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  • 1 Key Laboratory of Radiation Physics and Technology (Sichuan University) Ministry of Education Chengdu P.R. China
  • 2 Sichuan University Institute of Nuclear Science and Technology Chengdu 610064 P.R. China
  • 3 CAEP Institute of Nuclear Physics and Chemistry Mingyang 621900 P.R. China
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Abstract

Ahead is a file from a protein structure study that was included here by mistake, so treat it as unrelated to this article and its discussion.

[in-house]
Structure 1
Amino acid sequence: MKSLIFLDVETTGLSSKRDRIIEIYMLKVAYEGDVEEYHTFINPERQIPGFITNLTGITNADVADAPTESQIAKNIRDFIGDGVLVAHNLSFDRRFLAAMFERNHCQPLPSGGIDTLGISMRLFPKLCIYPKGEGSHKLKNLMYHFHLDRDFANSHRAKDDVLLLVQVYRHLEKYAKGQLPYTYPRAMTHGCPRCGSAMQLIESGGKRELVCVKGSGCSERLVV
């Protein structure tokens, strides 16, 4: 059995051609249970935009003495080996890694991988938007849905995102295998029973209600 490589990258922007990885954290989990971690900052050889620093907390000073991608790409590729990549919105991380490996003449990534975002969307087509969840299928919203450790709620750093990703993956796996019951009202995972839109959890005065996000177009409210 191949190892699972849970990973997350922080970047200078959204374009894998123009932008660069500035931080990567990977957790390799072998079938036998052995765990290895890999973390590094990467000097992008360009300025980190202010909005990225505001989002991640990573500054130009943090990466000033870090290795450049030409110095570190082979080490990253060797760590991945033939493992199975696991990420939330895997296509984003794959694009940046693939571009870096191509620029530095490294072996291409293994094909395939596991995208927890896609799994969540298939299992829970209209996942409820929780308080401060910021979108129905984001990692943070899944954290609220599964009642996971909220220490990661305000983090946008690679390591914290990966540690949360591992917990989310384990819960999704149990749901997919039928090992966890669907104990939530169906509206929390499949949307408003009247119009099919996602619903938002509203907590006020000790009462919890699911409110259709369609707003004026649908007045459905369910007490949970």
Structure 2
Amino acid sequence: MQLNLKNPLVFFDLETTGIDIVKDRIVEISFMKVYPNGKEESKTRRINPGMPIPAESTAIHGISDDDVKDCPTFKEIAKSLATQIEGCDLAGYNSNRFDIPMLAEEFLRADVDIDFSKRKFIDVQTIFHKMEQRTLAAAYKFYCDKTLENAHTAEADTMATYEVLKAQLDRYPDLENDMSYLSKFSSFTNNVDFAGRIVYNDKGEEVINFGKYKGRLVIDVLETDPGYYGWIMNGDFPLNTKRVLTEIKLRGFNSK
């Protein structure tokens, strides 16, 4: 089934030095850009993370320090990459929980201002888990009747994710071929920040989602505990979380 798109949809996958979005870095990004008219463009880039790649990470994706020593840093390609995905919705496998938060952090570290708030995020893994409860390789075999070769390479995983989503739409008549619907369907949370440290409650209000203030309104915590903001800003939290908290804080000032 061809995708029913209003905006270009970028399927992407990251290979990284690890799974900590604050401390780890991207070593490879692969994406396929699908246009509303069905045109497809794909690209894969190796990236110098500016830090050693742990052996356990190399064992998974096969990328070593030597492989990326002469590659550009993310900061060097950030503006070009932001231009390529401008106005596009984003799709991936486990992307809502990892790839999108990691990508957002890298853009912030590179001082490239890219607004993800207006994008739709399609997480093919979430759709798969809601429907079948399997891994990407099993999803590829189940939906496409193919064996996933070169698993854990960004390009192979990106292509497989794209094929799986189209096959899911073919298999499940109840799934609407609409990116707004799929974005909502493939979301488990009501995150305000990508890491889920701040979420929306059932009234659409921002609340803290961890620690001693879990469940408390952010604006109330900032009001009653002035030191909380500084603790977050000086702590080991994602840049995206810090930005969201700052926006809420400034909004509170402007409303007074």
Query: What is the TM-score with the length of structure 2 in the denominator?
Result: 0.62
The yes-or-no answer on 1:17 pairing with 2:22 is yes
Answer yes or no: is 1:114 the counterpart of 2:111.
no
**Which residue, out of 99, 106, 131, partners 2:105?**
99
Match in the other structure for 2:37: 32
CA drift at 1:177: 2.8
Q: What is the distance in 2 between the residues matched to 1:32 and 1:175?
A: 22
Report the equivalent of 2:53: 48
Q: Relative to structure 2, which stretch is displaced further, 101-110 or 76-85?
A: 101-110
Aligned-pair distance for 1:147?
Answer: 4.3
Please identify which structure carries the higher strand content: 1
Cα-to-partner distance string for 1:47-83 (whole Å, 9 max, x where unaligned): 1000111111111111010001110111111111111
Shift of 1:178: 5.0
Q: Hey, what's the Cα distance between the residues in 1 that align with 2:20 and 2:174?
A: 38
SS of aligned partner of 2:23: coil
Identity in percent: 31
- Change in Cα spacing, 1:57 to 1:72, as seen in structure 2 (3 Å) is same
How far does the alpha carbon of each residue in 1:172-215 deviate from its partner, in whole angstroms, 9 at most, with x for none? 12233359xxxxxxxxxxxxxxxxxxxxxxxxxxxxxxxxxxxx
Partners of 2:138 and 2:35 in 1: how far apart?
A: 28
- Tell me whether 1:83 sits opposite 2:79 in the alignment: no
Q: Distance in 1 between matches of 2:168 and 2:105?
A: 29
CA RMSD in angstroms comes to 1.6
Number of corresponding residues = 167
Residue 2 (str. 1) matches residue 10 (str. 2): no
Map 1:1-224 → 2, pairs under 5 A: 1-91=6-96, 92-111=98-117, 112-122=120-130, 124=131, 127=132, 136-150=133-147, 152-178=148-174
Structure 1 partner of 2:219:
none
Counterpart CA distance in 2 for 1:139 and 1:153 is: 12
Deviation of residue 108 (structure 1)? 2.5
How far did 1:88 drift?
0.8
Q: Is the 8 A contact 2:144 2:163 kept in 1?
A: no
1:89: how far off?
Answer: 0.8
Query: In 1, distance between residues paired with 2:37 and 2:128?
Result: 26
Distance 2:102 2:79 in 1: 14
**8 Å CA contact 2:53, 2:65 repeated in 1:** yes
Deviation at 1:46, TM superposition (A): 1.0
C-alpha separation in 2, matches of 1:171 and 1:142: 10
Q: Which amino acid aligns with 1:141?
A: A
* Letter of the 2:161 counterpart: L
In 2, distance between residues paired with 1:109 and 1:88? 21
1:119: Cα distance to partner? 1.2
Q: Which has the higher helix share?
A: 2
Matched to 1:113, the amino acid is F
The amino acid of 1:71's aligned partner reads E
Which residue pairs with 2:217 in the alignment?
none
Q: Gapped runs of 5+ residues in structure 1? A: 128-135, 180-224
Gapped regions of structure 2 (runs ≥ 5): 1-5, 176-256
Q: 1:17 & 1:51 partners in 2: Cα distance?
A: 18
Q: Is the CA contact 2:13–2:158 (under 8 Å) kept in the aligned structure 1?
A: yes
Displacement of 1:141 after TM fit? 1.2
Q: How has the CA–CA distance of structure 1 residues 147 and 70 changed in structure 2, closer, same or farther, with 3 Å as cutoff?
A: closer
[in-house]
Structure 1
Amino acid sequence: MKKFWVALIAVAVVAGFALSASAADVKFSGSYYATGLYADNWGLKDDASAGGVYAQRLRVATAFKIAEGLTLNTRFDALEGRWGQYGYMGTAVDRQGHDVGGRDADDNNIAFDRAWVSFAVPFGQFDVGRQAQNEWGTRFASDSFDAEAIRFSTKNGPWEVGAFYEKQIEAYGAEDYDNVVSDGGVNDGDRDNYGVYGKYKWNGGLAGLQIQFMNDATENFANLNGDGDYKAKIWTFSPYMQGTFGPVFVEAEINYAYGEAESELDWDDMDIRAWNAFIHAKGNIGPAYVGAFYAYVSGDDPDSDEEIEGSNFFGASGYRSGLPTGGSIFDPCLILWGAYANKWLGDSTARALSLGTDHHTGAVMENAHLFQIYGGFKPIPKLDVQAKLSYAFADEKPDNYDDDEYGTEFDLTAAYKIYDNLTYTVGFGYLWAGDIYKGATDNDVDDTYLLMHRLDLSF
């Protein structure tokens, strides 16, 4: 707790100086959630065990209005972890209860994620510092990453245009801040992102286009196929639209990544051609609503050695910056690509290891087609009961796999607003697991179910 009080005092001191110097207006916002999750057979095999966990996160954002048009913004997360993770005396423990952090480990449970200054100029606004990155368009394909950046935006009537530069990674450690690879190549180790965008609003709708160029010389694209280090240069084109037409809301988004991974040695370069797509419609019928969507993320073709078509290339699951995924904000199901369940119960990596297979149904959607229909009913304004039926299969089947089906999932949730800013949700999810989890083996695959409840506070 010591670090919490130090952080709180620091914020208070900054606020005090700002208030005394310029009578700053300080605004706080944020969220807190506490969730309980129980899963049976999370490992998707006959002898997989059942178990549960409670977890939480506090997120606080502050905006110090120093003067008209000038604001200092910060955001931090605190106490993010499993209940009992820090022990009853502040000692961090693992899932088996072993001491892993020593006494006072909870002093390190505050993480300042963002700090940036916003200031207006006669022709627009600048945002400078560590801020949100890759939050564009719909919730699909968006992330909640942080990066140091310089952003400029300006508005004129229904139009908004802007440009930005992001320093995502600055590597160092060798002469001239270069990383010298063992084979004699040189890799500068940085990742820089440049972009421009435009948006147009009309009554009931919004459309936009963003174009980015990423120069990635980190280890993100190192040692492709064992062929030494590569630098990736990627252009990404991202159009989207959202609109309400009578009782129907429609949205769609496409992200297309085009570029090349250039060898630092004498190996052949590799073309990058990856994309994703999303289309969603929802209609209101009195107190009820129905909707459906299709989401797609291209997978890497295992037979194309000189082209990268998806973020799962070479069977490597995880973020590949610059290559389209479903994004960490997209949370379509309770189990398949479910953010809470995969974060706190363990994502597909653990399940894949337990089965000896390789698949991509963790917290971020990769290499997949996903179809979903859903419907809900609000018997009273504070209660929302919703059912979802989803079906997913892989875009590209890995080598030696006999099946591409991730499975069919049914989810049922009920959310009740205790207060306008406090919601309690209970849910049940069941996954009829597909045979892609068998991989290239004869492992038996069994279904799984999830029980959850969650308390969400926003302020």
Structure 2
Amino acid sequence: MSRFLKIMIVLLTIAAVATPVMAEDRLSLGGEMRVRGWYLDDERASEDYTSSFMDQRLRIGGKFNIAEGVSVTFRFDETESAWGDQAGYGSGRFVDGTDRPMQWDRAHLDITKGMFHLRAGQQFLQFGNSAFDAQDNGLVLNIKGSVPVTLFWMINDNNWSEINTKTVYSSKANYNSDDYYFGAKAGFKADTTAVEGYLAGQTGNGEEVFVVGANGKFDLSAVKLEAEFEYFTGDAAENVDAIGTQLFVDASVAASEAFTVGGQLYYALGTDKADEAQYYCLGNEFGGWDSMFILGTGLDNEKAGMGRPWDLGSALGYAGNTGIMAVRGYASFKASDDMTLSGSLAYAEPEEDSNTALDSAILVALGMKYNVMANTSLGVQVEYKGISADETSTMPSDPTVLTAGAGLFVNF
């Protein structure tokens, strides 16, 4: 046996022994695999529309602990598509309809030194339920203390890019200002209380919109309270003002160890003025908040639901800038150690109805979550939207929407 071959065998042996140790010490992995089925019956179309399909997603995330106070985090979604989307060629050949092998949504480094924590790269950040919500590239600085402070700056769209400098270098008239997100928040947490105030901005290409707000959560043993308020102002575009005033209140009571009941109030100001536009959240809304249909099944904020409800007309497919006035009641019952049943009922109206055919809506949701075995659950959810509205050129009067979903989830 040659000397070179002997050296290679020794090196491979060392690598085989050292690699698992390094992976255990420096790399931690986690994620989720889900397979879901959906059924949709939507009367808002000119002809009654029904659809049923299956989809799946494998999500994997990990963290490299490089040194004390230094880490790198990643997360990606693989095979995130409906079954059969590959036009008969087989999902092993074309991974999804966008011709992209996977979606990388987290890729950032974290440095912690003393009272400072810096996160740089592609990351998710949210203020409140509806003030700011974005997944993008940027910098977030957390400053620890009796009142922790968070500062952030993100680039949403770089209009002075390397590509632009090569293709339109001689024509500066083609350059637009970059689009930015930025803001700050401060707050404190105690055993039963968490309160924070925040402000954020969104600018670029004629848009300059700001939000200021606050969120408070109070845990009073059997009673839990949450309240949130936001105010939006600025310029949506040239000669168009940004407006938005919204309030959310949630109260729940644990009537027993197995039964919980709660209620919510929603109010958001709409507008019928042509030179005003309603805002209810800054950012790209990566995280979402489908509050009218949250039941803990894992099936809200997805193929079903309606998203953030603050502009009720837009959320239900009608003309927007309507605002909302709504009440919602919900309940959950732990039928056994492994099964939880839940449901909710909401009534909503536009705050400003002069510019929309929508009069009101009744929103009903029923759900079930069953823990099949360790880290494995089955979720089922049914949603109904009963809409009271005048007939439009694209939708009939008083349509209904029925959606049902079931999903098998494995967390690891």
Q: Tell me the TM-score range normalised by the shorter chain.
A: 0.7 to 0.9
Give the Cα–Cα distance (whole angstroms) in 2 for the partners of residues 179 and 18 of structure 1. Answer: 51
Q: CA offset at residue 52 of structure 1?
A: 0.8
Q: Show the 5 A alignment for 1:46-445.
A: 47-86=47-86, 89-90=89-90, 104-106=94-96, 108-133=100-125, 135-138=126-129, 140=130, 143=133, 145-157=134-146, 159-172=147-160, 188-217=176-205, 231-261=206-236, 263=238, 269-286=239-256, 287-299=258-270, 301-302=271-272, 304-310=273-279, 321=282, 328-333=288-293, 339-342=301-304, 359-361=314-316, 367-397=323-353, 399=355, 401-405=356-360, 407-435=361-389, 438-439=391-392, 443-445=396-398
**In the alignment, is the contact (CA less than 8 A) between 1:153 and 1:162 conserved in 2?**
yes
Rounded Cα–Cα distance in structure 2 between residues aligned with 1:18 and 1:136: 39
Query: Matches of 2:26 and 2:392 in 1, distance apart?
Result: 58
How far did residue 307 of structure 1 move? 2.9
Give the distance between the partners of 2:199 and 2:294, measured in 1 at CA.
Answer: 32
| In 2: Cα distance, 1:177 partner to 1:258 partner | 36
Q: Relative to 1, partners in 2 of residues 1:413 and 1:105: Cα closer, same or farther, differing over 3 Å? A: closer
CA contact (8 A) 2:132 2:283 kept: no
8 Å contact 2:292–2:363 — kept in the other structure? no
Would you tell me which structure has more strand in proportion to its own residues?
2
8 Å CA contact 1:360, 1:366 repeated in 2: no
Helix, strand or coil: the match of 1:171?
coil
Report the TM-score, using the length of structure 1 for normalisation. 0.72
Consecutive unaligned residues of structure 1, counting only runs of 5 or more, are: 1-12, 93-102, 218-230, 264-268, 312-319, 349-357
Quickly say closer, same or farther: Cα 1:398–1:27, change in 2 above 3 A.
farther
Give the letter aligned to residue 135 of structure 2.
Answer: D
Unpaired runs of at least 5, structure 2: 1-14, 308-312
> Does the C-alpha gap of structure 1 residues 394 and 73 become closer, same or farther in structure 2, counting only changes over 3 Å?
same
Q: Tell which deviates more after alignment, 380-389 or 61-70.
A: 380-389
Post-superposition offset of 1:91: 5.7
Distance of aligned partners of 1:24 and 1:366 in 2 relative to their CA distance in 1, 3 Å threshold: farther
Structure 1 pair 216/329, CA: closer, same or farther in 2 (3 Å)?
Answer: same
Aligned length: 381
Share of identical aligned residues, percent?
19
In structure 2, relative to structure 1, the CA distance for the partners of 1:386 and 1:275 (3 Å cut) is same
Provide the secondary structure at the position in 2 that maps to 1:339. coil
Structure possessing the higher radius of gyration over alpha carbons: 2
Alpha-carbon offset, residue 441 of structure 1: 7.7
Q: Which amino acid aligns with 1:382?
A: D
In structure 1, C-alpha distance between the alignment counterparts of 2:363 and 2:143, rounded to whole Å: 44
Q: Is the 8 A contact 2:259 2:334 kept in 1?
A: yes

As an important radioisotope in nuclear industry and other fields, 241Am is one of the most serious contamination concerns due to its high radiation toxicity and long half-life. The encouraging biosorption of 241Am from aqueous solutions by free or immobilized Saccharomyces cerevisiae (S. cerevisiae) has been observed in our previous experiments. In this study, the preliminary evaluation on mechanism was further explored via chemical or biological modification of S. cerevisiae, and using europium as a substitute for americium. The results indicated that the culture times of more than 16 hours for S. cerevisiae was suitable and the efficient adsorption of 241Am by the S. cerevisiae was able to achieve. The pH value in solutions decreased gradually with the uptake of 241Am in the S. cerevisiae, implying that H+ released from S. cerevisiae via ion-exchange. The biosorption of 241Am by the decomposed cell wall, protoplasm or cell membrane of S. cerevisiae was same efficient as by the intact fungus. However, the adsorption ratio for 241Am by the deproteinized or deacylated S. cerevisiae dropped obviously, implying that protein or carboxyl functional groups of S. cerevisiaece play an important role in the biosorption of 241Am. Most of the investigated acidic ions have no significant influence on the 241Am adsorption, while the saturated EDTA can strong inhibit the biosorption of 241Am on S. cerevisiae. When the concentrations of coexistent Eu3+, Nd3+ were 100 times more than that of 241Am, the adsorption ratios would decrease to 65% from more than 95%. It could be noted by transmission electron microscope (TEM) analysis that the adsorbed Eu is almost scattered in the whole fungus, while Rutherford backscattering spectrometry (RBS) analysis indicated that Ca in S. cerevisiae have been replaced by Eu via ion-exchange. All the results implied that the adsorption mechanism of 241Am on S. cerevisiae is very complicated and at least involved in ion exchange, complexation process as well as well as nonspecific adsorption in cell wall because of static electricity.